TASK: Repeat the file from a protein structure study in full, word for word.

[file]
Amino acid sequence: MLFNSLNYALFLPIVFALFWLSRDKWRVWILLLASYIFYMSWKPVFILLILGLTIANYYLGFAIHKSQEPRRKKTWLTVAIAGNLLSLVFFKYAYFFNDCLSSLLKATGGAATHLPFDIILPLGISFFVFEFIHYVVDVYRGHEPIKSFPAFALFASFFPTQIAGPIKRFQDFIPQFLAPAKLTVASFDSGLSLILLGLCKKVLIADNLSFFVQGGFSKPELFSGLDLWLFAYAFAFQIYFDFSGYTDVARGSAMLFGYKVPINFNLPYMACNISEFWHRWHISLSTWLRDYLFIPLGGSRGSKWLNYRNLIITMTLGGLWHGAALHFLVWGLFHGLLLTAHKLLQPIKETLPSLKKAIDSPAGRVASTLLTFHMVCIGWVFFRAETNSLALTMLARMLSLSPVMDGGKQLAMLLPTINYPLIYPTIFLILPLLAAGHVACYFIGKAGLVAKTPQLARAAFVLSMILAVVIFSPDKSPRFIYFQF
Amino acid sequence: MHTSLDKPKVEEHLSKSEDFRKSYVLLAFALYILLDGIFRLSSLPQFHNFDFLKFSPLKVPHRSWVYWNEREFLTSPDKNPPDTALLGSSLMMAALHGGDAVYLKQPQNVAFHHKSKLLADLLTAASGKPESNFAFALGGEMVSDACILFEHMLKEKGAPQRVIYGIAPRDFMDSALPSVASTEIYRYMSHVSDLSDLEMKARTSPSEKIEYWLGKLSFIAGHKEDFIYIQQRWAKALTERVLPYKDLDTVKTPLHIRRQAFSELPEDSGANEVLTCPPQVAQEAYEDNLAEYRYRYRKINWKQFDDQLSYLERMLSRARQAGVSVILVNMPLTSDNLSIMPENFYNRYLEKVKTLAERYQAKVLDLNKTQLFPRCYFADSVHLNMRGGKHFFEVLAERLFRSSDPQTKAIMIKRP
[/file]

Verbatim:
Amino acid sequence: MLFNSLNYALFLPIVFALFWLSRDKWRVWILLLASYIFYMSWKPVFILLILGLTIANYYLGFAIHKSQEPRRKKTWLTVAIAGNLLSLVFFKYAYFFNDCLSSLLKATGGAATHLPFDIILPLGISFFVFEFIHYVVDVYRGHEPIKSFPAFALFASFFPTQIAGPIKRFQDFIPQFLAPAKLTVASFDSGLSLILLGLCKKVLIADNLSFFVQGGFSKPELFSGLDLWLFAYAFAFQIYFDFSGYTDVARGSAMLFGYKVPINFNLPYMACNISEFWHRWHISLSTWLRDYLFIPLGGSRGSKWLNYRNLIITMTLGGLWHGAALHFLVWGLFHGLLLTAHKLLQPIKETLPSLKKAIDSPAGRVASTLLTFHMVCIGWVFFRAETNSLALTMLARMLSLSPVMDGGKQLAMLLPTINYPLIYPTIFLILPLLAAGHVACYFIGKAGLVAKTPQLARAAFVLSMILAVVIFSPDKSPRFIYFQF
Amino acid sequence: MHTSLDKPKVEEHLSKSEDFRKSYVLLAFALYILLDGIFRLSSLPQFHNFDFLKFSPLKVPHRSWVYWNEREFLTSPDKNPPDTALLGSSLMMAALHGGDAVYLKQPQNVAFHHKSKLLADLLTAASGKPESNFAFALGGEMVSDACILFEHMLKEKGAPQRVIYGIAPRDFMDSALPSVASTEIYRYMSHVSDLSDLEMKARTSPSEKIEYWLGKLSFIAGHKEDFIYIQQRWAKALTERVLPYKDLDTVKTPLHIRRQAFSELPEDSGANEVLTCPPQVAQEAYEDNLAEYRYRYRKINWKQFDDQLSYLERMLSRARQAGVSVILVNMPLTSDNLSIMPENFYNRYLEKVKTLAERYQAKVLDLNKTQLFPRCYFADSVHLNMRGGKHFFEVLAERLFRSSDPQTKAIMIKRP